Results appear mixed for table grape PGR on wine grapes

(This article first appeared in the April 5 edition of Western Farm Press where the rates of the plant growth regulator CPPU/Prestige were incorrectly listed as gallons or ounces of active ingredient per acre. It should have been grams per acre. The article is reprinted here with the correct product rates.)

Using plant growth regulators (PGRs) is as much of an art form as it is a science. When they work, they work great. When they don't, farmers and researchers often scratch their heads in bewilderment.

Nevertheless, PGRs continue to capture the imagination of growers and pest control advisors alike for the potential they hold to produce more and better quality crops like grapes.

Prestige is a PGR from Valent that has proven effective on table grapes and kiwifruit to increase fruit size.

In table grapes, forchlorfenuron — the active ingredient in the synthetic cytokinin product — increases berry size, uniformity and firmness as well as delays ambering in green grapes. It can also delay harvest for bigger grapes and better prices. Increased berry size allows for higher yield at pack out, giving the growers the potential to have more boxes in the premium grade category.

Wine grape growers are forever fascinated by PGRs, and Rhonda Smith, Sonoma County, University of California Cooperative Extension farm advisor, tried her hand at seeing if she could make CPPU — as it is commonly called — increase fruit set, berry size and composition of Sonoma County premium wine grapes.

With little surprise, she got mixed results as she reported at the recent Sonoma County Grape Day in Santa Rosa, Calif.

The only consistent result was that where it was used in four trials over a 2-year period, harvest was delayed. That is not surprising considering the product increased fruit size in many cases.

In the lone 2006 trial in a 10-year-old block of Merlot, 2 grams and 4 grams of CPPU per acre (8 and 16 ounces of Prestige respectively) were applied in 100 gallons of water per acre at 90 percent bloom.

Vines treated with the 4-gram rate set a significantly larger number of berries compared to the 2-gram rate and the untreated vines.

Besides delaying ripening, the 4-gram rate also reduced juice pH and total acidity. The 2-gram rate produced more fruit color than the untreated fruit or the grapes treated with the higher rate of CPPU.

In one of Smith's two 2007 trials, an 11-year-old Pinot Noir vineyard on the Sonoma Coast was treated at bloom on May 25 with the 2-gram CPPU rate.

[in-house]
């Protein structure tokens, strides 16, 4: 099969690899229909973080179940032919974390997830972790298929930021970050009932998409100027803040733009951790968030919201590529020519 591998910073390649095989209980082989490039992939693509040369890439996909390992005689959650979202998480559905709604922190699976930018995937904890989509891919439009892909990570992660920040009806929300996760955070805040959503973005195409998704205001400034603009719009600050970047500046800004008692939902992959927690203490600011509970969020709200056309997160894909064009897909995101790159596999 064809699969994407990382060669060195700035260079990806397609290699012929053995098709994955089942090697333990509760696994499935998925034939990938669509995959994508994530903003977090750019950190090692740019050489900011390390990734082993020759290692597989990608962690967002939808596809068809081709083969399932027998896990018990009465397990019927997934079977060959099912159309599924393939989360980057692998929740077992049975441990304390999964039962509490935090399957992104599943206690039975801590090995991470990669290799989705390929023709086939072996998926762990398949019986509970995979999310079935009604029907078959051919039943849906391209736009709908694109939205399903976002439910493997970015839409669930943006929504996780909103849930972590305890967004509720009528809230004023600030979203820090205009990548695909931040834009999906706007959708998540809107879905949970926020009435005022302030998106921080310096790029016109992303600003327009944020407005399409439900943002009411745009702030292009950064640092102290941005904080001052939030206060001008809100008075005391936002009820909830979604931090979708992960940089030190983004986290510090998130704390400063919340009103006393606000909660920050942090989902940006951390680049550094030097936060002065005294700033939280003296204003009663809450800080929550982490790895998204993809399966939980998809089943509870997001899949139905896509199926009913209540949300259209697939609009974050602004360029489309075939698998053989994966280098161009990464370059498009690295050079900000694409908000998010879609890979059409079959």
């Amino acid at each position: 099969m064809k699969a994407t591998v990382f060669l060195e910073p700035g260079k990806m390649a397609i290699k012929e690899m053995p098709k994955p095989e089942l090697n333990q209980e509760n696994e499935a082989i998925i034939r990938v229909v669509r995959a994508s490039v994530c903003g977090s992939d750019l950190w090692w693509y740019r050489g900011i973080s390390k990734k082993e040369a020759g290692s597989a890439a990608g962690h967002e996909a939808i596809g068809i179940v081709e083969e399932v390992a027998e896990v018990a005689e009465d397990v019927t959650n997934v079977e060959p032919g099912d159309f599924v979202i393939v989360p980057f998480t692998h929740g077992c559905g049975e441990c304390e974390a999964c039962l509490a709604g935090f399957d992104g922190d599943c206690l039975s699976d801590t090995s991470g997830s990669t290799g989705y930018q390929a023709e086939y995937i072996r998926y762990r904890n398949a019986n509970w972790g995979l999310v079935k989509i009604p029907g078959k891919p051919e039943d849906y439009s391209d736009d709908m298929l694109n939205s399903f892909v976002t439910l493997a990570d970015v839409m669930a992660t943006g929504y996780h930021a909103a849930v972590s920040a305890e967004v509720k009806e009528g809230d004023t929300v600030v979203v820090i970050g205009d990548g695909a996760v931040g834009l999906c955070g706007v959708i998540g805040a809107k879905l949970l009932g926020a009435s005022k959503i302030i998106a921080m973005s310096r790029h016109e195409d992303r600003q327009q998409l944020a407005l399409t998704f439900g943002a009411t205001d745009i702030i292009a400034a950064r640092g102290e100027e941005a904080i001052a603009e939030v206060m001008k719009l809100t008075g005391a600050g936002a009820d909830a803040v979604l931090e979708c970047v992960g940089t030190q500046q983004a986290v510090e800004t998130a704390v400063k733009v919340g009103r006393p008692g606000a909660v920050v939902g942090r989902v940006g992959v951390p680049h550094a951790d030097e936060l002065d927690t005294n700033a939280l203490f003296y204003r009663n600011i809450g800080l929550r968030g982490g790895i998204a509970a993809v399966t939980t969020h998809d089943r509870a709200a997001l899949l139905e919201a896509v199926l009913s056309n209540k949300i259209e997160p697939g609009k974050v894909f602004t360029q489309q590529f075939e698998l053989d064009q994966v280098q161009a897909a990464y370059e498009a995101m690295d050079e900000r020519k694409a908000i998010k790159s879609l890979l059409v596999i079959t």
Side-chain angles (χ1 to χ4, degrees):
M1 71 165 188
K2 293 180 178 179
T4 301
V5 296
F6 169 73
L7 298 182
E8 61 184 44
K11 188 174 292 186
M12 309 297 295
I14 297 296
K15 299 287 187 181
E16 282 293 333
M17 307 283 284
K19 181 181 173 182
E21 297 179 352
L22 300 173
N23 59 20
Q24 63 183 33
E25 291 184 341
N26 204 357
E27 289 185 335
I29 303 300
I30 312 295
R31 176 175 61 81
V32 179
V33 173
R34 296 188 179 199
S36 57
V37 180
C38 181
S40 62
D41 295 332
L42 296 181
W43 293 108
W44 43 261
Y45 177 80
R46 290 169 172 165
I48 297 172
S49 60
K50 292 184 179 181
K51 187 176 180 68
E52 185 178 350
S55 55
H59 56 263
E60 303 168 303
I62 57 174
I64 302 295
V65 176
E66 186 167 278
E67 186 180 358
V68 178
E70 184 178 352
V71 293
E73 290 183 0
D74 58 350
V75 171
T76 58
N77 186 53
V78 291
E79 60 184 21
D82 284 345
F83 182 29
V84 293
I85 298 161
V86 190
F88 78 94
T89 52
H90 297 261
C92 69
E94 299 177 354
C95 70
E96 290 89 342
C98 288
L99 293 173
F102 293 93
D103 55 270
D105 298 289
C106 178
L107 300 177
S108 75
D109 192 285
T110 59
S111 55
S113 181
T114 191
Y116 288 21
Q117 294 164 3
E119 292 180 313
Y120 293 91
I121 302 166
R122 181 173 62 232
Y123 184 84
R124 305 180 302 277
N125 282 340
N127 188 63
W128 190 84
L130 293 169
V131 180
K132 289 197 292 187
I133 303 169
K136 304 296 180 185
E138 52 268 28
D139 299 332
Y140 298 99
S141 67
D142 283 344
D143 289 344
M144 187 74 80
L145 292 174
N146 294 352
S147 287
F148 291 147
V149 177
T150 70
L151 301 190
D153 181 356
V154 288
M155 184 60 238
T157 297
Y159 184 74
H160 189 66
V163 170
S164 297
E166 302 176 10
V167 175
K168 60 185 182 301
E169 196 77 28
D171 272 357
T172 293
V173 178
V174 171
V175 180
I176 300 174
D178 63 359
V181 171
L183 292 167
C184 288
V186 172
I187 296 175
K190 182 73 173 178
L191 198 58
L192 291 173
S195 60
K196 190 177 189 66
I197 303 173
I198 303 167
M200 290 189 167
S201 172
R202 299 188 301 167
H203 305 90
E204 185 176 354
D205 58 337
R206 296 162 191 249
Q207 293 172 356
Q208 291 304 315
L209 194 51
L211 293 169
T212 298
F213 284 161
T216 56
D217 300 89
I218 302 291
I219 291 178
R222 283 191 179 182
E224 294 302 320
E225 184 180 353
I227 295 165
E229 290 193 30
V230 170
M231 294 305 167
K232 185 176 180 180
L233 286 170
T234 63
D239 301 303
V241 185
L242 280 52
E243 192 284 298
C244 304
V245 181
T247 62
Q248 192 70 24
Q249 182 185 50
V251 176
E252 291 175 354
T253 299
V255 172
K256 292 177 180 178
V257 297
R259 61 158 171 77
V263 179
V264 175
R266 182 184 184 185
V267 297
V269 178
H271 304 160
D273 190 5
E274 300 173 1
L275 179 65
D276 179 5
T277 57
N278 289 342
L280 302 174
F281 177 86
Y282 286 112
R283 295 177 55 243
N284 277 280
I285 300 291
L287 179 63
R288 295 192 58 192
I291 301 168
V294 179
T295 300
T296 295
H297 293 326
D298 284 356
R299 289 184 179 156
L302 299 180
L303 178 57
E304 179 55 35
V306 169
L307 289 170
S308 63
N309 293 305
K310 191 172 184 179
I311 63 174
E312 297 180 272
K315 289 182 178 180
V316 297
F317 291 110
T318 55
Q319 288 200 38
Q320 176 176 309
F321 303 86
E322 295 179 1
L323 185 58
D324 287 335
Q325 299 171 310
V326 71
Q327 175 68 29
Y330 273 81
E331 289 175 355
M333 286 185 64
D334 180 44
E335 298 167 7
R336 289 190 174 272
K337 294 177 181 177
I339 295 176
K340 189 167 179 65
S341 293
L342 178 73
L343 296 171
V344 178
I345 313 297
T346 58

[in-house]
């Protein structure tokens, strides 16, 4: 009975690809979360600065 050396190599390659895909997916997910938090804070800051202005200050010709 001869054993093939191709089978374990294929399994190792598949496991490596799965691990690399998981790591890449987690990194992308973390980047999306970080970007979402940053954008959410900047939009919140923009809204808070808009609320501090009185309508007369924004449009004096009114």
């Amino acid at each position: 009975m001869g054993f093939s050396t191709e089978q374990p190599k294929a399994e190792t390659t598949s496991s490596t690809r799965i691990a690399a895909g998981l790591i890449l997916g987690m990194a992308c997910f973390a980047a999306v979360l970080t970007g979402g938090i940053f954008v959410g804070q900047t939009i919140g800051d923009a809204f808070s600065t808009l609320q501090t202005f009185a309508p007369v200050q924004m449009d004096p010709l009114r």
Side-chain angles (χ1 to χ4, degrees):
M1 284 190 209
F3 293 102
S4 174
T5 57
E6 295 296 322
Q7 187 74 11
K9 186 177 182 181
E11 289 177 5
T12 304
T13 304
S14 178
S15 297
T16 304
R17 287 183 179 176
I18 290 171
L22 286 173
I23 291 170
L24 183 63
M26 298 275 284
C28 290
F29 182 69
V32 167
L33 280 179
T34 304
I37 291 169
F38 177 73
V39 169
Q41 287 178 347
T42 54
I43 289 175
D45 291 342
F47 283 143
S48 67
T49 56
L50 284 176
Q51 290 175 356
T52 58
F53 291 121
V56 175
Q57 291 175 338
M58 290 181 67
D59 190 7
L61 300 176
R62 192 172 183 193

The result showed no difference in average weight or average cluster weights at the 2-gram rate. The treatment did not affect juice soluble solids, pH or titratable acidity.

The average yield of the 5-row plot was slightly greater, but not significant.

Very cool and foggy conditions during bloom on the Sonoma coast can reduce berry set, so Smith tested the PGR on a 9-year-old Pinot Noir vineyard with a variety of treatments; 2 and 4 grams at early (20 percent) bloom (May 25) and the same two rates at a late bloom, June 3, when the bloom ranged in clusters from 50 percent to 100 percent bloom with an occasional after bloom cluster set.

The average cluster weight was increased, regardless of when or how much PGR was applied. However, clusters from untreated vines had fewer small-sized berries and more tiny-sized berries than clusters treated with CPPU.

No differences in berry weight were recorded across treatments.

Clusters from vines treated with the 2-gram rate at early bloom were slightly lighter than clusters treated at either rate late bloom.

Clusters from untreated vines had higher soluble solids and pH than any of the treatment clusters. However, the yield from treated vines was significantly higher than untreated vines.

A pair of growers conducted their own CPPU trials last year and Smith monitored the results.

The first was in a block of young Malbec vines treated with the 2-gram rate on May 18 at bloom. Clusters from treated vines weighed more than the average weight of berries from untreated vines. The average number of berries per cluster was greater. There were no differences in berry composition.

The other grower treated two small areas of a Sauvignon Blanc vineyard where yields had been reduced due to fanleaf virus.

Where the virus was severe in the vineyards, yields were increased significantly where CPPU was applied. Where it was not a major problem, yields were far greater in the untreated area.

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